Former Chinese Diplomat on China’s Infiltration of Australia

Former Chinese Diplomat on China’s Infiltration of Australia
Mr Chen Yonglin, former Chinese diplomat who defected to Australia in 2005, speaking at the Sydney rally in 2015. (Shar Adams/The Epoch Times)
Irene Luo

Australian news outlets ran a series of reports in June exposing the Chinese Communist Party’s (CCP) infiltration of Australia’s political system. The joint investigation by Australian Broadcasting Corporation (ABC) and Fairfax Media found that Chinese businessmen with ties to Beijing had in the past decade donated millions of dollars to the major political parties in an attempt to sway national policy and even sabotage Australian national interests.

The Chinese communist regime further extended its influence abroad by manipulating local Chinese communities, suppressing Australian-based Chinese dissidents, co-opting Chinese student associations, and controlling Chinese-language media, according to the investigation.

Prime Minister Malcolm Turnbull has since launched a major inquiry into Australia’s espionage and foreign interference laws, according to the ABC.

The topic of CCP infiltration is one that former Chinese consular official Chen Yonglin is very familiar with. Disillusioned with the CCP, Chen defected to Australia in 2005 and proceeded to expose the CCP’s subversive actions, an episode that The Epoch Times covered extensively.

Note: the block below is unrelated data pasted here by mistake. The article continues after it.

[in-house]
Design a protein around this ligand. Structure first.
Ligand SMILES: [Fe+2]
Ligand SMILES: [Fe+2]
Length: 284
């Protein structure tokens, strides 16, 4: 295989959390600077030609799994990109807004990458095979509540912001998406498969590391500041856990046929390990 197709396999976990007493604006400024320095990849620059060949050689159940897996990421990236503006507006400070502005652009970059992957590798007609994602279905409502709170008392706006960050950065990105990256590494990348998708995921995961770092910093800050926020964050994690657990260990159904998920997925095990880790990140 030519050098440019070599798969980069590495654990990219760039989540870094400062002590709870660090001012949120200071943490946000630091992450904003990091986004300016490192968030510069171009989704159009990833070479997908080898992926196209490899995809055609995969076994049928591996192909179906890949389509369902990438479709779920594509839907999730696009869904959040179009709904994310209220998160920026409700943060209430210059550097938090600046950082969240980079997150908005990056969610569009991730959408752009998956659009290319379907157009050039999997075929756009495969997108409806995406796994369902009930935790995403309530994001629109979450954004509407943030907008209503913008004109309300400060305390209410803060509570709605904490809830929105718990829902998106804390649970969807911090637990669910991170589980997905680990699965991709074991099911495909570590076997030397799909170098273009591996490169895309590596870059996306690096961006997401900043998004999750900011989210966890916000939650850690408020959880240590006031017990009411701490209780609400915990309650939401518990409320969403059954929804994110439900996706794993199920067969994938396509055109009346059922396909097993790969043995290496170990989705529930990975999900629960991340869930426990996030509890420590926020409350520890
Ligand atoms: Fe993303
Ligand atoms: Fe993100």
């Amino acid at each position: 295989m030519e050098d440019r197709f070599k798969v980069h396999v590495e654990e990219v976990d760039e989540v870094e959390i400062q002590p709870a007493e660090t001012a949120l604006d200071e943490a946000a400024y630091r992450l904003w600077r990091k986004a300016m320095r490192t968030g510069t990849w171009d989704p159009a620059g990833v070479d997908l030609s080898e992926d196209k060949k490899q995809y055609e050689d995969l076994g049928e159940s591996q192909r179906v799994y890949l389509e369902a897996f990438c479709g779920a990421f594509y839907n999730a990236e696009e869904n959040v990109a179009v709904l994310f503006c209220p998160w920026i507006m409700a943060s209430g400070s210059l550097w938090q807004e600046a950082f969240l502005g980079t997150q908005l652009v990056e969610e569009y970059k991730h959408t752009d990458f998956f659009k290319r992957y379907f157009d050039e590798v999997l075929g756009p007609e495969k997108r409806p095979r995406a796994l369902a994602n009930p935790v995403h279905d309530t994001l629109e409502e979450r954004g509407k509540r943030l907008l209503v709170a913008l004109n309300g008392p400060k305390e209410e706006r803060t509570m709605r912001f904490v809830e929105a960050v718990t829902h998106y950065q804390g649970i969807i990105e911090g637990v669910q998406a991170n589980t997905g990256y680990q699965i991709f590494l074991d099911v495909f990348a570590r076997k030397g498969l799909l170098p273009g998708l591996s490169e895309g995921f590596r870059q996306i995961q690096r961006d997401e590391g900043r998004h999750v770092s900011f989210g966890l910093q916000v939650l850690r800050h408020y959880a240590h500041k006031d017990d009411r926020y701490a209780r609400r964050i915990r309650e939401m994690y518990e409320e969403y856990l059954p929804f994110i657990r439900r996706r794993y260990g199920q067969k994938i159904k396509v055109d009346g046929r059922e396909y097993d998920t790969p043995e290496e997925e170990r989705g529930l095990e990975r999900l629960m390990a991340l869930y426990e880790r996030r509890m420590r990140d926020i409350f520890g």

In a recent interview with this newspaper, Chen expounded on the latest CCP operations that were uncovered by the Australian media.

Buying Political Influence

Chen Yonglin said that the CCP plans to “infiltrate Australia from all directions so that Australia would eventually cooperate strategically with the CCP,” and veer away from its alliance with the United States. The CCP has employed similar tactics in other countries, “but with Australia, the CCP has managed to achieve significant results,” he added.

The recent Australian media investigation illustrates Chen’s point.

In 2015, Australia’s domestic spy chief, Duncan Lewis, warned the nation’s political parties that some of their major donors—including, for instance, wealthy property developer Huang Xiangmo—were closely tied to Beijing, according to ABC.

Huang Xiangmo, a wealthy Chinese donor included in Lewis’ brief to Australian party leaders, had contributed over $400,000 (AU$525,000) in political donations to the Liberal Party and the Labor Party between 2014 and 2015.